We value good sportsmanship, respect, honesty and maturity. During online gameplay, tempers may flare, so our administrators work closely with teams and their supporting teacher to ensure the HSL remains a clean and mature environment. We enforce and clearly communicate rules to ensure cheating and dishonesty are mitigated.

Dealing with Controversial Topics and Content

Some games are first-person-shooters or contain violence; games that contain violence, profanity and nudity are restricted in high schools across New Zealand. The HSL definitely agrees that these are topics best left outside of a school environment.

Education and Development

HSL places a focus on education and we do this through ensuring every player is enrolled in school and on schedule to meet their class and NCEA/Cambridge requirements. The onus of is with the club advisor, the designated teacher, to verify with a school administrator.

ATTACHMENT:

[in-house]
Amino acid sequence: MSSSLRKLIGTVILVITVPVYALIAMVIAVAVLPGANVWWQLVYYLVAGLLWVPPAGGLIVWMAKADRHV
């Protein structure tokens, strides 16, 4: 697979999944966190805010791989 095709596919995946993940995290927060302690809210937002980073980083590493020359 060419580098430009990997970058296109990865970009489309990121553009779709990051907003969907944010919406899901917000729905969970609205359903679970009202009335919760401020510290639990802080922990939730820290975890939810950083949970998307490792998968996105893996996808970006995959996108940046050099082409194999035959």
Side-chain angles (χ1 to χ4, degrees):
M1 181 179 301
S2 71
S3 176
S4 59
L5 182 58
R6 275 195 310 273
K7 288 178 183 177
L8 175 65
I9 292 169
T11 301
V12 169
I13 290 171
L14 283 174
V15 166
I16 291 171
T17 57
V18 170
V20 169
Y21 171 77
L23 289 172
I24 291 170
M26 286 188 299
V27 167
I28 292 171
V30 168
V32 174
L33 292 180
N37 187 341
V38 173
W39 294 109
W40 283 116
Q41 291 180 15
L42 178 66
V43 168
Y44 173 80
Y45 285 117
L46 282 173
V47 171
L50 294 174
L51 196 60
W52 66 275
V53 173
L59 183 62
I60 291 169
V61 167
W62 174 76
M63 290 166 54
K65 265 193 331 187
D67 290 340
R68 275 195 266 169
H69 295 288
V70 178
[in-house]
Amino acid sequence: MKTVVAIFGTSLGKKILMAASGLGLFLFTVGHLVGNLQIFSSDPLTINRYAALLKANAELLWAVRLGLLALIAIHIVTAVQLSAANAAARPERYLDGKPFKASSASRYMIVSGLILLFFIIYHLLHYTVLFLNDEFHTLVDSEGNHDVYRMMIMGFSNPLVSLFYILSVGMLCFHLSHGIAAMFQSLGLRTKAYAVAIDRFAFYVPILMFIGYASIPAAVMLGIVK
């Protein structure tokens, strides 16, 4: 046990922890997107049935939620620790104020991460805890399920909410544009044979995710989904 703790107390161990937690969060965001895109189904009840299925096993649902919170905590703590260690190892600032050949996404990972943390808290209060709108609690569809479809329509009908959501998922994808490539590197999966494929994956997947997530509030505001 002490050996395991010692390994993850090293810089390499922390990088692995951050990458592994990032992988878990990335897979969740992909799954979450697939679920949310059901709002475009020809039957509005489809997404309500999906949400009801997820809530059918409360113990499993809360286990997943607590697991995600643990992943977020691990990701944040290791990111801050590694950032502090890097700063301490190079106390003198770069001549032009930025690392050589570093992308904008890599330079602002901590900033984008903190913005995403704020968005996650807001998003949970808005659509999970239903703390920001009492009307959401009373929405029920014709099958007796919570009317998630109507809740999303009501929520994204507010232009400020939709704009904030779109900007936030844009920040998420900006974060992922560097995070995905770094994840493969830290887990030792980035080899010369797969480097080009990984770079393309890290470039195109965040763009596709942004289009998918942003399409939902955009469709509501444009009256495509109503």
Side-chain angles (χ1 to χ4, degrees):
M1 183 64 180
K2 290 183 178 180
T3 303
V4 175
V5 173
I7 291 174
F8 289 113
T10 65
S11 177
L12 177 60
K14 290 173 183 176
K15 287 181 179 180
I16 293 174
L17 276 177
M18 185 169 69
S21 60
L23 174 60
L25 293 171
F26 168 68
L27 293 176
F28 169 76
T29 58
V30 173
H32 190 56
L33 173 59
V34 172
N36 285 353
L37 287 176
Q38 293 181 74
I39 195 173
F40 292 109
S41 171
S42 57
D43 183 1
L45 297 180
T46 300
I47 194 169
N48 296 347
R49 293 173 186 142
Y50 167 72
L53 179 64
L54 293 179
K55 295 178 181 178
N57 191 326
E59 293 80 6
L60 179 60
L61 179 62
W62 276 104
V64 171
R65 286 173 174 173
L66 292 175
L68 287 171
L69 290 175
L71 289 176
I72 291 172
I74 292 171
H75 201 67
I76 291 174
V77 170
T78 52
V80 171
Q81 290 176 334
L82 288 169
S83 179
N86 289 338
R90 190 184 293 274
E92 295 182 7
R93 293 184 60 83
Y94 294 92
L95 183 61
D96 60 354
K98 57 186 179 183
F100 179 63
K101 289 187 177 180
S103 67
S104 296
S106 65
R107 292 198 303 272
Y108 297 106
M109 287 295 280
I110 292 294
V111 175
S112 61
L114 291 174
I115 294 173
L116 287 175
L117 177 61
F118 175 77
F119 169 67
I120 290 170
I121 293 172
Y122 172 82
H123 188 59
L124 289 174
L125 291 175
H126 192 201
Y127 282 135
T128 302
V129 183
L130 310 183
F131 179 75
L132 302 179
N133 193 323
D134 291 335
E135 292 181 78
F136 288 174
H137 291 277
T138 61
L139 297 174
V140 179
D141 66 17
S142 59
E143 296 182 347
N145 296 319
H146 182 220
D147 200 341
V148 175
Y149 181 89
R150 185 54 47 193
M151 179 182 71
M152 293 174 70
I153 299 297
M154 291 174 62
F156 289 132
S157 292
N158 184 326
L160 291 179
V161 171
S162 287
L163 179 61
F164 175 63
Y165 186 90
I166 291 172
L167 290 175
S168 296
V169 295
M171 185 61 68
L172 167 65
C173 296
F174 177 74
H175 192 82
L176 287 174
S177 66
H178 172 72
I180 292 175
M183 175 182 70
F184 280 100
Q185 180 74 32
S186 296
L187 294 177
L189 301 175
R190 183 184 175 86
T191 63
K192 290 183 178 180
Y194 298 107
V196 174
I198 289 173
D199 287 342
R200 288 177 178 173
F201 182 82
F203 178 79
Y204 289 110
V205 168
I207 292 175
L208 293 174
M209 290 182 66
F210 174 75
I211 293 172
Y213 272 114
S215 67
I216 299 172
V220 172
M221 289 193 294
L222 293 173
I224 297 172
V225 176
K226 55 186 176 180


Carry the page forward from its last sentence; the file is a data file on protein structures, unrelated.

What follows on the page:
School Computers

Aligned with our goals and mission, participating students will be encouraged to use school computer labs in order to make this a social activity to promote team building in a healthy competitive supervised environment rather than as individuals in isolated locations.

The HSL is happy to assist any schools needing assistance setting up a school lab for league play, for further information please contact the HSL team at info@lolhsl.com

Creating a Team


To participate teams need a teacher to help organise events, advise students, enforce rules, and introduce esports to the school management.


To assist the Advisor with responsibilities including ensuring team members are aware of when and where matches are being held that that they attend on time. They would also be part of arranging other events where the team members are able to practice for the games and to communicate and to generally have a get together.